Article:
#main-navigation ul.navbar-nav li a:hover { background-color: #444444 !important; }
Skip to main content

NMSU employee receives prestigious award from AIAA

  • By Emily C. Kelley
  • 575-646-1957
  • ekelley@nmsu.edu
  • Apr 01, 2013
Danny Ball, principal investigator for the Physical Science Laboratory's

Danny R.J. Ball, site manager for NASA's Columbia Scientific Balloon Facility, operated by the New Mexico State University Physical Science Laboratory, has been awarded the prestigious American Institute of Aeronautics and Astronautics Otto C. Winzen Lifetime Achievement Award.

The American Institute of Aeronautics and Astronautics is the world's largest technical society dedicated to the global aerospace profession. Ball was presented the award for "championing groundbreaking advancements in stratospheric ballooning by expanding worldwide launch opportunities, and fostering state of the art improvements in equipment and operations," according to the citation.

"This award is rarely given to people directly involved in operational support such as CSBF. Normally it goes to equally deserving academics," Ball said. "The award validates all of us at CSBF who have spent our careers down where the rubber meets the road in supporting scientific research."

Ball has served at the Columbia Scientific Balloon Facility for 33 years. During that time, he worked as staff meteorologist, head of operations and site manager in support of NASA's scientific balloon program.

He graduated from St. Louis University in 1971 with a bachelor's of atmospheric science.

The staff at the facility supplies operational support for NASA's balloon program, which flies scientific missions, primarily telescopes, for major universities and institutes all over the world. They manage logistics, launches, telemetry, flight terminations and payload recovery. Since the program was established, CSBF has launched more than 2,200 flights from 62 sites all over the world. Ball said that the balloons at the facility can lift scientific payloads of up to 8,000 pounds into near space for periods of up to seven weeks. NASA's workhorse balloon is 39 million cubic feet in volume or just a little smaller than the Houston Astrodome.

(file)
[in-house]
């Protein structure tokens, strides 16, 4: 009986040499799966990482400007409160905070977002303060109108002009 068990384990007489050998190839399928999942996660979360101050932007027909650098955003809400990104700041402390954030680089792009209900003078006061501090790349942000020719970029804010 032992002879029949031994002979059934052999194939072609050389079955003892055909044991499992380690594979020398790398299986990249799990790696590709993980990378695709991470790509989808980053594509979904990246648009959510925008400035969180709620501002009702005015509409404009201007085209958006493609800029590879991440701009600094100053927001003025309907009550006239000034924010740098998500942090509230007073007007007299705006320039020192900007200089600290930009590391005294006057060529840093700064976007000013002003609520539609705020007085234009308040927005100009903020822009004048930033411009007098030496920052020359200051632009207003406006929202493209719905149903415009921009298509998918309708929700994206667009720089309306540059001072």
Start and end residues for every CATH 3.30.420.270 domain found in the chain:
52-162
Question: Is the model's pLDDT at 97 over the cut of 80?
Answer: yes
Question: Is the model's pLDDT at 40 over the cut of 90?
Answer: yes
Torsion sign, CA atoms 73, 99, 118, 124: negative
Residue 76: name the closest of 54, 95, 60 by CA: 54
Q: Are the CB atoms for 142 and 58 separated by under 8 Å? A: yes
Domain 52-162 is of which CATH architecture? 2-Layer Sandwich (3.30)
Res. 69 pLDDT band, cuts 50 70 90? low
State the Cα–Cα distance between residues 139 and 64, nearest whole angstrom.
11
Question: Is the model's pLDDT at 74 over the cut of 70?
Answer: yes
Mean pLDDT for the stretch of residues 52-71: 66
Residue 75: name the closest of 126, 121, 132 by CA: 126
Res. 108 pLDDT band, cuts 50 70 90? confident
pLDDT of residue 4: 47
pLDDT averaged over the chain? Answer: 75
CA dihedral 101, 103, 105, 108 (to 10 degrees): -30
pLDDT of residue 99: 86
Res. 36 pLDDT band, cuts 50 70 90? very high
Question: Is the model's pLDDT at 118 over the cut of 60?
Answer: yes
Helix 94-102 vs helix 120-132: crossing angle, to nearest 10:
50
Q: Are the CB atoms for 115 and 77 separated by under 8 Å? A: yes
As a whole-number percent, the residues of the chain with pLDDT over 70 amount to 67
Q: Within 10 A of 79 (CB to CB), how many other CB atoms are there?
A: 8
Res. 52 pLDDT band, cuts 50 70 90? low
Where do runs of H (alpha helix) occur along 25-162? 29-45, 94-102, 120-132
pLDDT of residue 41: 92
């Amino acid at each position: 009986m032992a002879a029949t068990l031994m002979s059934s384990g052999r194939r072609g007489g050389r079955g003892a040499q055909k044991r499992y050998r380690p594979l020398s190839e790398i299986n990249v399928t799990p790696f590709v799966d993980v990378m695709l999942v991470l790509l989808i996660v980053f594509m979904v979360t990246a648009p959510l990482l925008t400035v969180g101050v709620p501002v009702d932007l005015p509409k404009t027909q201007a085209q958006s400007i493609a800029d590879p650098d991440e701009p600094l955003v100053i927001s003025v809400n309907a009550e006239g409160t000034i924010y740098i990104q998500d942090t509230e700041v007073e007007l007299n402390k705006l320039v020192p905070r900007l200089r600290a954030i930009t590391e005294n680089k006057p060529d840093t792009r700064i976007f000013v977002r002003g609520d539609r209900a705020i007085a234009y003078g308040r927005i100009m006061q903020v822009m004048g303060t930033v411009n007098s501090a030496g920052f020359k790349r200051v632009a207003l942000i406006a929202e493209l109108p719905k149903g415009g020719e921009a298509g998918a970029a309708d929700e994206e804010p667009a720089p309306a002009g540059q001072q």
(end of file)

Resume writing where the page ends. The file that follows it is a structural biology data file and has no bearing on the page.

The Columbia Scientific Balloon Facility supports operations remotely in places such as Antarctica, Australia, Brazil, Sweden and Fort Sumner, N.M.

Some who have conducted research from flights operated by CSBF's staff have become astronauts, Nobel Prize in Physics Laureates and Balzan Prize winners.

The Otto C. Winzen Lifetime Achievement Award is presented for outstanding contributions and achievements in the advancement of free flight balloon systems or related technologies. It is presented in memory of Otto C. Winzen, a pioneer of modern day ballooning. This award is presented biennially at the Aircraft Technology Integrations and Operations Forum or Balloon Systems Conference.

"There's no way I would have been recognized in this way if not for the hard work of all our staff at CSBF. I would challenge anyone to find a more dedicated group of professionals anywhere," Ball said.